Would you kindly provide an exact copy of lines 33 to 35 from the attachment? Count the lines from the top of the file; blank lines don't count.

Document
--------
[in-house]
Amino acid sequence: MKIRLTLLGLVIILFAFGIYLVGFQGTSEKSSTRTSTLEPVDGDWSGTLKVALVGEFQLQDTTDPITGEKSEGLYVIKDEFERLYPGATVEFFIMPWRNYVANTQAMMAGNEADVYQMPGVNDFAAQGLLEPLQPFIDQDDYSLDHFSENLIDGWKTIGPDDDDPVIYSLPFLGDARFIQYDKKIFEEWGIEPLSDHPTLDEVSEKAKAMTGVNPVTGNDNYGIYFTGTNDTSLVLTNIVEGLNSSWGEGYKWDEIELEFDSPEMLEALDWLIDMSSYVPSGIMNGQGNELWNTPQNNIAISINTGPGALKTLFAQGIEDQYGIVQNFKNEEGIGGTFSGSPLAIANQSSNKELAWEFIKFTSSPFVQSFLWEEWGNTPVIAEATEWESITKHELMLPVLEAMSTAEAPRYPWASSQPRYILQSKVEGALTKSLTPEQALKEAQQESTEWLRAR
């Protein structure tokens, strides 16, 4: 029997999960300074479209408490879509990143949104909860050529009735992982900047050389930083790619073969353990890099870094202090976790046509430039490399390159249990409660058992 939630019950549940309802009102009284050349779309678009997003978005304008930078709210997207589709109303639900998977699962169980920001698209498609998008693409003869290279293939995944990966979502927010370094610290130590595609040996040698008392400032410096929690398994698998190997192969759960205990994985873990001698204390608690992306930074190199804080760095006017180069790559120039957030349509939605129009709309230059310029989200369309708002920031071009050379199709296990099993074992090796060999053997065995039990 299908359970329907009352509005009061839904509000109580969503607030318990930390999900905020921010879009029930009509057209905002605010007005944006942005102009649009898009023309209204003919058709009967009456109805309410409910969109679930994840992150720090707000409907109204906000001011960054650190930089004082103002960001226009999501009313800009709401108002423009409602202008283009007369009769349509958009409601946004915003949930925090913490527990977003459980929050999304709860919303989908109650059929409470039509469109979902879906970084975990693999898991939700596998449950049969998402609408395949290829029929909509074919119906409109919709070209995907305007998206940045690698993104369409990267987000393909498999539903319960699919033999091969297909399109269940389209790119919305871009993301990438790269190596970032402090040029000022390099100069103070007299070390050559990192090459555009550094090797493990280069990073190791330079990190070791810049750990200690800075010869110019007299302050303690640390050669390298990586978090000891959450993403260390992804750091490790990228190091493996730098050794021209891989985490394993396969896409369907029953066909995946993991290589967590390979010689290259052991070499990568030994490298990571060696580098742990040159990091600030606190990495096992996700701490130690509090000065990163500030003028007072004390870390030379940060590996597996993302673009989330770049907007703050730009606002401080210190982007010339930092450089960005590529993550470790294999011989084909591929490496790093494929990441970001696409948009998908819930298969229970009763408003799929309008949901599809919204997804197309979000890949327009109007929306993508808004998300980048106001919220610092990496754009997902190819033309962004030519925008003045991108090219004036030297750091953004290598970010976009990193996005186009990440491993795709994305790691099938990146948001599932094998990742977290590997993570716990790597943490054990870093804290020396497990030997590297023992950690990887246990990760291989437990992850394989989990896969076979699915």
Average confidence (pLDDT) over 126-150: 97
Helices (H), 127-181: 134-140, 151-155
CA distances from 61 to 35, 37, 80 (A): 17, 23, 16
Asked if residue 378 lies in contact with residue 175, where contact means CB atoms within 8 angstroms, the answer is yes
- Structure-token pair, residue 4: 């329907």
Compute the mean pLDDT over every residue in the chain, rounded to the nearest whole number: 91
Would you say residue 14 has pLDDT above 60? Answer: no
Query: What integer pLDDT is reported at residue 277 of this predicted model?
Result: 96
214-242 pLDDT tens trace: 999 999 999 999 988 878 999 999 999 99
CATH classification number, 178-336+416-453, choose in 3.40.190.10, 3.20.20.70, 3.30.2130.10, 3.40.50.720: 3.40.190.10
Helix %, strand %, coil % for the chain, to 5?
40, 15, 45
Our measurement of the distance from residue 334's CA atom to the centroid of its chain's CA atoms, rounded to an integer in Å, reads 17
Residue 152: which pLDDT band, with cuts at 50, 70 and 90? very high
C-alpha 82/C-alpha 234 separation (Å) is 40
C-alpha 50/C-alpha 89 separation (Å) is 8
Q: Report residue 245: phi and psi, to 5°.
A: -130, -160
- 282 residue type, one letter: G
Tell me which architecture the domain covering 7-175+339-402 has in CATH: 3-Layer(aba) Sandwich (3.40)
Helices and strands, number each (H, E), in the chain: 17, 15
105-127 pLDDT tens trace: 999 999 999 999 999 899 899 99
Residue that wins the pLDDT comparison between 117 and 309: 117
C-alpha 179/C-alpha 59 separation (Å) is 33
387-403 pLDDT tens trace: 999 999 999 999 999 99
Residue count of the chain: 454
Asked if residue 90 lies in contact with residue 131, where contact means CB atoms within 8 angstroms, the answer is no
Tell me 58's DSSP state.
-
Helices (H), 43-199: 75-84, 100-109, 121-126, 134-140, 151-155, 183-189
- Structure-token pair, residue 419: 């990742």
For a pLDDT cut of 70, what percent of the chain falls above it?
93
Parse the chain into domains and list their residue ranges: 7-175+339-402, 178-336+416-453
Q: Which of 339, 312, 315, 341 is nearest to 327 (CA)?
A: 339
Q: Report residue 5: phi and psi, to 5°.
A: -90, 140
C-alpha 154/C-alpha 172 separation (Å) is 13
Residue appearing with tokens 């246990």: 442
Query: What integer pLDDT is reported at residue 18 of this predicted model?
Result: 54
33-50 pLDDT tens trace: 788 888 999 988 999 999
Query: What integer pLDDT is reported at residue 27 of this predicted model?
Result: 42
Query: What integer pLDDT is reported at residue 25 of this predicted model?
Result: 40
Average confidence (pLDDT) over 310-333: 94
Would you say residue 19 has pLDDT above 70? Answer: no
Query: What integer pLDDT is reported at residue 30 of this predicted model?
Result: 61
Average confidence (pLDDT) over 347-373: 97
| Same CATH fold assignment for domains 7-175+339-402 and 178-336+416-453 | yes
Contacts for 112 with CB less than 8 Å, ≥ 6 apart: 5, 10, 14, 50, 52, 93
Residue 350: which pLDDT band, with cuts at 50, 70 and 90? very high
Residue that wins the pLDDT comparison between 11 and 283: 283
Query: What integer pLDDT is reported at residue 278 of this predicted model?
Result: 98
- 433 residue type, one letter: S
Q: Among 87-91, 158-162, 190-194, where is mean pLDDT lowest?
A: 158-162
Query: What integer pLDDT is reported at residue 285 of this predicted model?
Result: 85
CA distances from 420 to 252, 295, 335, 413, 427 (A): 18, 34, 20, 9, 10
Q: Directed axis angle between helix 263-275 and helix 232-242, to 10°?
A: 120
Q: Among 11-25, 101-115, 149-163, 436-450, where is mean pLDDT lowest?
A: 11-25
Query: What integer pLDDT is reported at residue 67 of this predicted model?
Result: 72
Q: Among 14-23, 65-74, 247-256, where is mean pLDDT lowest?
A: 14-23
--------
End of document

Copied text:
-
Helices (H), 43-199: 75-84, 100-109, 121-126, 134-140, 151-155, 183-189
- Structure-token pair, residue 419: 């990742």